Attachment Theory

Attachment theory provides a useful theoretical framework for understanding how relationships function to facilitate or hinder developmental progress, such as progress in career development. A central tenet of this theory concerns the central role of attachments as enduring emotional bonds of substantial intensity that influence healthy development and participation in satisfying relationships. Regularities in interactions with caregivers provide children with a sense of security. As individuals mature, cognitive representations (schemas)—or internal working models of attachment relationships—develop and become essential to the experience of security throughout the life span and are predictive of a number of adaptive outcomes. These models become activated and essential during times of stress. Continued participation in mutually satisfying relationships plays a significant role in healthy human development across the life span. Individuals at any age are better adjusted when they have confidence in the accessibility and responsiveness of a trusted other.

Anxiety generated by new situations, such as those encountered when engaging in career tasks, can be alleviated through the experience of attachment to a significant person in one’s life who can provide emotional security. This relationship, referred to as the secure base, can provide some of the necessary ingredients for successful adaptation to a wide range of new contexts. The transition to a new work environment, which is undoubtedly even more complex for young people leaving school, represents the sort of challenge for which the experience of a secure base would be particularly important.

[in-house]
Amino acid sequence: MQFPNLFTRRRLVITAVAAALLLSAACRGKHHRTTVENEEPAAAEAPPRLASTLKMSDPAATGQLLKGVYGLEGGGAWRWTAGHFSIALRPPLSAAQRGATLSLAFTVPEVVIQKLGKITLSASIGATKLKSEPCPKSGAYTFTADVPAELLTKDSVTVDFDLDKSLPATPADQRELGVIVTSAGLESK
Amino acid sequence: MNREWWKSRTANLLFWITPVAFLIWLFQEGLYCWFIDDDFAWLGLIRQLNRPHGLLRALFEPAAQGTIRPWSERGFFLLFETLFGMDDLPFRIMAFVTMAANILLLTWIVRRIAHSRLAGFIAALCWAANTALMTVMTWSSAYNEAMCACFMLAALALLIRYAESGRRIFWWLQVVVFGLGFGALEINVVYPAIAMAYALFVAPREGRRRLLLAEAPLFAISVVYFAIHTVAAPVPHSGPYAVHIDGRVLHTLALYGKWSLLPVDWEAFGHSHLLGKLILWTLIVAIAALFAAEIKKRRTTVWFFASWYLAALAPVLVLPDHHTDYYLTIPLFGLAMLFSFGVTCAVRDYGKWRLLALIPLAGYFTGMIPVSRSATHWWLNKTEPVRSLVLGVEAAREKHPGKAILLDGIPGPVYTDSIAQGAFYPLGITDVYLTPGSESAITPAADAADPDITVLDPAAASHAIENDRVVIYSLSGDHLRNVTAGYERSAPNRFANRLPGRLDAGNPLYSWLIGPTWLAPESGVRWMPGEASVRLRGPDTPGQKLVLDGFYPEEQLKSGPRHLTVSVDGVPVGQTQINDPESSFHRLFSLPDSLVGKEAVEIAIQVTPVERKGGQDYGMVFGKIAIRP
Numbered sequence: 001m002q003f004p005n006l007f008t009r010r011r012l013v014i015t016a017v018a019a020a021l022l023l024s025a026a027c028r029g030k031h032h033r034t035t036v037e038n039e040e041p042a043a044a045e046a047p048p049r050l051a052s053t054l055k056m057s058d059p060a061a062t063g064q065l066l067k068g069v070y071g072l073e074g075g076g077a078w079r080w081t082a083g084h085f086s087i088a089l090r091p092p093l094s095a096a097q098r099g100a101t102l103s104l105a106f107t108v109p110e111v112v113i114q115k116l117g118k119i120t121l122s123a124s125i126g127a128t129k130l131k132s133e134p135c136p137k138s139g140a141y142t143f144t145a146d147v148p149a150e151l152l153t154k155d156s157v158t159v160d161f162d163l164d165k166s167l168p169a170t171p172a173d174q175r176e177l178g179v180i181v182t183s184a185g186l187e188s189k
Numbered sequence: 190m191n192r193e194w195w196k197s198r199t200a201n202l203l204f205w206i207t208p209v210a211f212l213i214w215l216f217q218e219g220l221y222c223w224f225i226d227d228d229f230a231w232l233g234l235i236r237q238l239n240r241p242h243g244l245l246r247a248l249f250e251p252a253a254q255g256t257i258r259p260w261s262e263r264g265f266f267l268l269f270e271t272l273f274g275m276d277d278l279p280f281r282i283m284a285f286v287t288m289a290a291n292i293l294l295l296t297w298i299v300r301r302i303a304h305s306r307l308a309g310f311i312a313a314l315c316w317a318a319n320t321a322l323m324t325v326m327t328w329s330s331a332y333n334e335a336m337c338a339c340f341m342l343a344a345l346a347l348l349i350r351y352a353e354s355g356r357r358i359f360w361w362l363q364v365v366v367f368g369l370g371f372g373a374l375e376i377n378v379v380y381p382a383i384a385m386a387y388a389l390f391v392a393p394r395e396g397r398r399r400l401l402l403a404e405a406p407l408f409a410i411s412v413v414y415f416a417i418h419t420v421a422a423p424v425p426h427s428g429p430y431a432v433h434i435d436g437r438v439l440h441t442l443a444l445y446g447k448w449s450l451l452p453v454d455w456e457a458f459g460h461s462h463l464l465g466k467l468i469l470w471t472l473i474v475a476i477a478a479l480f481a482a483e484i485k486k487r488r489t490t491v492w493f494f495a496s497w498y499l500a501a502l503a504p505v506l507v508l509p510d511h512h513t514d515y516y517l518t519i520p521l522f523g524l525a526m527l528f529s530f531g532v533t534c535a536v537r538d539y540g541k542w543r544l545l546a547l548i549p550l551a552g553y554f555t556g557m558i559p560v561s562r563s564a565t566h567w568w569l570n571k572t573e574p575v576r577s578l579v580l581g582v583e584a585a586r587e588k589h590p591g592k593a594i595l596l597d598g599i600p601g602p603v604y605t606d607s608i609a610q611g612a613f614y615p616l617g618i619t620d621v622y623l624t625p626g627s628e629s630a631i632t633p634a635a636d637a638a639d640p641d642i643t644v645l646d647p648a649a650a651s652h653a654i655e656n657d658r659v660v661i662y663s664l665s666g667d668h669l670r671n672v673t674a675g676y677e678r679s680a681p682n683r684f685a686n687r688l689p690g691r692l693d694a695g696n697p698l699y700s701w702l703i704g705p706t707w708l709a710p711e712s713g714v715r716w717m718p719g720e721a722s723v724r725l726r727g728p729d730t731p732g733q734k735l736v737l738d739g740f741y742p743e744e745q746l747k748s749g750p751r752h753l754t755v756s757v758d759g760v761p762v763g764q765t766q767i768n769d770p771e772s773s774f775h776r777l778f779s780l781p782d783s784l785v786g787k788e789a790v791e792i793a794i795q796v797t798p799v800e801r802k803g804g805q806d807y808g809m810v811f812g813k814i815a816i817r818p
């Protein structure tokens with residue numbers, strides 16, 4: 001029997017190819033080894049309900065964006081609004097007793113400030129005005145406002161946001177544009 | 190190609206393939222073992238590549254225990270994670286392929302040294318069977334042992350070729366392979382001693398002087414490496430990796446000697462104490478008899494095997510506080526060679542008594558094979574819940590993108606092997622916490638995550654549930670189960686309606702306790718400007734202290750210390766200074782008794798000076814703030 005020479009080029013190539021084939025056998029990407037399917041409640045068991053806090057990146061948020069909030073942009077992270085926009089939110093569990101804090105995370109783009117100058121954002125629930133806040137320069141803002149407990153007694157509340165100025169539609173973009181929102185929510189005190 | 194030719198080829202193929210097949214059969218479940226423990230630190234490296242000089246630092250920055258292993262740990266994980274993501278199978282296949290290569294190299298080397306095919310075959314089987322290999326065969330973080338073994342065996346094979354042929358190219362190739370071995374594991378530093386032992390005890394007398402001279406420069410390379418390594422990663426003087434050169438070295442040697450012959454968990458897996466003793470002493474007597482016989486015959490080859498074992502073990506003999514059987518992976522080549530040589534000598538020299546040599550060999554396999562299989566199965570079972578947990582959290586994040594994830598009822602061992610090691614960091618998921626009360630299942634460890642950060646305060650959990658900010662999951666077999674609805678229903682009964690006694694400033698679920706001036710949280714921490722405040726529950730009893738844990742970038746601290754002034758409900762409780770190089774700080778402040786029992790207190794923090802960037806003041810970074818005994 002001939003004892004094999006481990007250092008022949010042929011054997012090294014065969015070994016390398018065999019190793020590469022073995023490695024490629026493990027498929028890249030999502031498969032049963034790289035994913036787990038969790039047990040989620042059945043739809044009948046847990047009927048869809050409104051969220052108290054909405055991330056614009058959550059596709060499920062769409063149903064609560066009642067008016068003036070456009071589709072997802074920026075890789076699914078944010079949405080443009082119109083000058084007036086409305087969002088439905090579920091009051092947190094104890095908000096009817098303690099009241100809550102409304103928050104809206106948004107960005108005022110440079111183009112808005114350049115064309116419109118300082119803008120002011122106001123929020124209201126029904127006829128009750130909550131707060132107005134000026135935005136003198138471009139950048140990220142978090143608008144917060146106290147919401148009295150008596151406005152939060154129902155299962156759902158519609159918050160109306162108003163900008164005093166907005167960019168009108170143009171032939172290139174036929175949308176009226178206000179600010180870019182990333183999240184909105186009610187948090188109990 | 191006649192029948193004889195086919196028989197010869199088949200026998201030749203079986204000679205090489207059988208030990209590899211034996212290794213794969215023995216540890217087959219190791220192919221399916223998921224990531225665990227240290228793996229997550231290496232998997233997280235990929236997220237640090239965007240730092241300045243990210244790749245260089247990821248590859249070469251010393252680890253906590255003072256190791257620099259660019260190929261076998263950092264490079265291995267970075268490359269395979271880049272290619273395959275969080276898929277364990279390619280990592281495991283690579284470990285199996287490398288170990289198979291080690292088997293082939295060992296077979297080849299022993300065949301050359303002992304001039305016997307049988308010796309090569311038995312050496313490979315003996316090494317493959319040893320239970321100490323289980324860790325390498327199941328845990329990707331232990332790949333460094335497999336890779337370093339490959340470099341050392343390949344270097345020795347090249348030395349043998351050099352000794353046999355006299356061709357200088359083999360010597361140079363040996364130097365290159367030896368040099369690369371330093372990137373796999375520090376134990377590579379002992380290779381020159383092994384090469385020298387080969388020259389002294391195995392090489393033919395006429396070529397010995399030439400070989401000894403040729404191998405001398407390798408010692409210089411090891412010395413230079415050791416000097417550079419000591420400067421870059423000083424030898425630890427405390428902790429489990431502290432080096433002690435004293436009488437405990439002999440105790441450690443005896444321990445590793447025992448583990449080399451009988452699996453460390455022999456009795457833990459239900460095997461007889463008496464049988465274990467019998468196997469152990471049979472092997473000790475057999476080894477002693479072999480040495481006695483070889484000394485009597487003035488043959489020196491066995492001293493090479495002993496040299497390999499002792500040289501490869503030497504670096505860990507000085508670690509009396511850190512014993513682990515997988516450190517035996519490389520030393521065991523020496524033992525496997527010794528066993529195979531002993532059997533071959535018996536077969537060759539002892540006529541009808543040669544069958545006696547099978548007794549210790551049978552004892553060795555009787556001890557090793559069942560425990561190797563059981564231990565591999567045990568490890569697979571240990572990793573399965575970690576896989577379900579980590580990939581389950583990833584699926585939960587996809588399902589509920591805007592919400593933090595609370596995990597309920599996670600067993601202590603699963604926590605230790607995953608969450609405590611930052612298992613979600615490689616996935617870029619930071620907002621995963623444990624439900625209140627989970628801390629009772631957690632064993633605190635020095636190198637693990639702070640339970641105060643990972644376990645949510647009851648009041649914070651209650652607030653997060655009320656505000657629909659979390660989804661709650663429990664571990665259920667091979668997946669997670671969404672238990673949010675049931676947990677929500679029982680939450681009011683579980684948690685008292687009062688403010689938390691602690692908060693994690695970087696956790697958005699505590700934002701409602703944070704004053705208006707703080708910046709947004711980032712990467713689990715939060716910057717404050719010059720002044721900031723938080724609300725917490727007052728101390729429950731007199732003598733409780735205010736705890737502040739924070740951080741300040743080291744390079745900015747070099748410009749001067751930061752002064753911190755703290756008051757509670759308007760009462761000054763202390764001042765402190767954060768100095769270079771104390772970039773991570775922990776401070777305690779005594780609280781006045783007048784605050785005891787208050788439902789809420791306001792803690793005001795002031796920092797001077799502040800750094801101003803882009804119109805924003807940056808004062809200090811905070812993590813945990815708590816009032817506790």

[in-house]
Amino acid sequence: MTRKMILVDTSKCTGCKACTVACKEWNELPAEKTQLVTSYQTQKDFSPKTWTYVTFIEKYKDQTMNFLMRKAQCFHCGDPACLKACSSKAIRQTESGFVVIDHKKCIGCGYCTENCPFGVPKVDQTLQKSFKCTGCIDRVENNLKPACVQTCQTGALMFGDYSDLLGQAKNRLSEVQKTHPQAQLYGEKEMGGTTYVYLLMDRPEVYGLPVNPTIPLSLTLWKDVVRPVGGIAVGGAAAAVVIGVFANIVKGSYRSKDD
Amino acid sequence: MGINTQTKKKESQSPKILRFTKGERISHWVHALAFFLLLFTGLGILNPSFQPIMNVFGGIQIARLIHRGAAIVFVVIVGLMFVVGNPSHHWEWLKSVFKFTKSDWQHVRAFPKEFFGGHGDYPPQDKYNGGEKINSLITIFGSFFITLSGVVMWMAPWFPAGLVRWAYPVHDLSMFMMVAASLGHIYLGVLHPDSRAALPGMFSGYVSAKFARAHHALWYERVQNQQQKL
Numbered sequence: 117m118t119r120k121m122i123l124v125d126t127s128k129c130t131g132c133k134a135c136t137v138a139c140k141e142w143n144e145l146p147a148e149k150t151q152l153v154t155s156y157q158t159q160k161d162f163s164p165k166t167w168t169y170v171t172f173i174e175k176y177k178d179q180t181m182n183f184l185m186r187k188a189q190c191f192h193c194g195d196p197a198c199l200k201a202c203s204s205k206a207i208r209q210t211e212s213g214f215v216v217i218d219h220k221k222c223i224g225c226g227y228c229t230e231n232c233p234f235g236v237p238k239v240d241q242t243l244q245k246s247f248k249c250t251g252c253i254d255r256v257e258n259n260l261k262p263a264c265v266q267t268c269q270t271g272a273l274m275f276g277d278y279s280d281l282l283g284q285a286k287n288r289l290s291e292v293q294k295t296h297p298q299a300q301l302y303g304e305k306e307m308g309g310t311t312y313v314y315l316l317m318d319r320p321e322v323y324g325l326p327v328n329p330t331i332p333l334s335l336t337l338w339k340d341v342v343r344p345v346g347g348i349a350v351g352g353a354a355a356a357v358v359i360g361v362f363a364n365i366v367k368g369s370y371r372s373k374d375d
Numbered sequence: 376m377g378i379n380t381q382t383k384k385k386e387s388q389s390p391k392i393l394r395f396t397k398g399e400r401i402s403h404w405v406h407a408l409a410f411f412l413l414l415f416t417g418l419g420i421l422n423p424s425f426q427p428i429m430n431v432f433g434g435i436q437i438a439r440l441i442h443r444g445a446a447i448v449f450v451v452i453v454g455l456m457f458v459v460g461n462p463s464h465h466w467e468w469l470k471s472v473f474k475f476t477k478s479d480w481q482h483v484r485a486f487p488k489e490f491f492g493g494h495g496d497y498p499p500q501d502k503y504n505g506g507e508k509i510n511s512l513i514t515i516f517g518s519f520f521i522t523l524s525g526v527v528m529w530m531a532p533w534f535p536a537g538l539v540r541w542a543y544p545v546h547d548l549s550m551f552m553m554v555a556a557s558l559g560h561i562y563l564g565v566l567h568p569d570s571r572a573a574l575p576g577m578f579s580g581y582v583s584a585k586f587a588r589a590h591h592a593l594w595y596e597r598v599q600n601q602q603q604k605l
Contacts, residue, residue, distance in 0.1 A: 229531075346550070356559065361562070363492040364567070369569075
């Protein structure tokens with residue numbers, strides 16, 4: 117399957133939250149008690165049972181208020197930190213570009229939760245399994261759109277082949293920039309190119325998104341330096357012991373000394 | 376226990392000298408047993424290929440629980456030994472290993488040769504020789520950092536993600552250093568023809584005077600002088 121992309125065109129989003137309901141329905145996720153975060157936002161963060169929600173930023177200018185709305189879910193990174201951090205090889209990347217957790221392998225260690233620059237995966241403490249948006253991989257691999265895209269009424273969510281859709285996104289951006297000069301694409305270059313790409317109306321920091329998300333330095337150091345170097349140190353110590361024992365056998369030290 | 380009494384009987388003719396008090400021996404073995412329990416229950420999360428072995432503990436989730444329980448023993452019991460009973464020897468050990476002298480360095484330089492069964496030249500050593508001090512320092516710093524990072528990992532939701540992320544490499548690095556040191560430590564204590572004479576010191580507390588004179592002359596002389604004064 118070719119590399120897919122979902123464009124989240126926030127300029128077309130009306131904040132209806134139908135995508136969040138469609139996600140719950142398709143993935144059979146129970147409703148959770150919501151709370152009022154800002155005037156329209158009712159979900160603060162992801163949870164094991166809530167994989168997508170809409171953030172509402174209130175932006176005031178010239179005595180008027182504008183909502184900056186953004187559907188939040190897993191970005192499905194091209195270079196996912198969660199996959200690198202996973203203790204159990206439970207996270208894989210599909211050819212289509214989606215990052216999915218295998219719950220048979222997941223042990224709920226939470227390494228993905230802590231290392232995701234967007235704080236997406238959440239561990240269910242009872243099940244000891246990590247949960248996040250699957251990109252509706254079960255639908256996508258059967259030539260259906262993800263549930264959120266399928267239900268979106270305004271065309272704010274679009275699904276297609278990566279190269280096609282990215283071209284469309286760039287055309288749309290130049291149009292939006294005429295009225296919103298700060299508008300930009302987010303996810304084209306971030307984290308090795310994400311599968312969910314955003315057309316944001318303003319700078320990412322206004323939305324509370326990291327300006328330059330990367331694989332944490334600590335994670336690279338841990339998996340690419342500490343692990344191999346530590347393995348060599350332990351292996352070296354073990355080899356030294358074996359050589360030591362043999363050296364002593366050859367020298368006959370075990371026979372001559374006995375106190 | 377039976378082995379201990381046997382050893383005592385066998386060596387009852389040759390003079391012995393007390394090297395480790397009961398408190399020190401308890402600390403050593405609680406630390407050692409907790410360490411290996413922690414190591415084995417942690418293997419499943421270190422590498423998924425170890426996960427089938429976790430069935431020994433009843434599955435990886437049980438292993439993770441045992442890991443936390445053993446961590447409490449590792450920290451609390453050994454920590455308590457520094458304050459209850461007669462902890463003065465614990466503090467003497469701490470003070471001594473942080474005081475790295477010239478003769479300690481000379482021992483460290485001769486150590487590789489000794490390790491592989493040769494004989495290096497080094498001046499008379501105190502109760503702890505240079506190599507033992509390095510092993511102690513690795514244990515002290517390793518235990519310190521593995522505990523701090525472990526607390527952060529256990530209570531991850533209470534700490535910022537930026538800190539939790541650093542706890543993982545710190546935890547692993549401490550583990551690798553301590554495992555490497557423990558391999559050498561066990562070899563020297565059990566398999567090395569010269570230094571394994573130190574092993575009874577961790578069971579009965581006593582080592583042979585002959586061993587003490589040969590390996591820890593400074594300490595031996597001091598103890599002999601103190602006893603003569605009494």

Much of the research on family relationships has investigated the role of attachment on various career behaviors. Specifically, attachment has consistently been found to be positively related to college students’ degree of vocational exploration, career decision making, educational and career aspirations, expectations and orientation, and effective and healthy transitions.

Similarly, research has found that high school students who anticipated parental support for certain careers, also valued those careers. There also is support for the role of attachment on other career variables including adult adjustment to work, adaptive relationships at work, and career maturity. In the following sections, more information on career exploration, career decision making, occupational aspirations, expectations, and career orientation, and transitions is provided.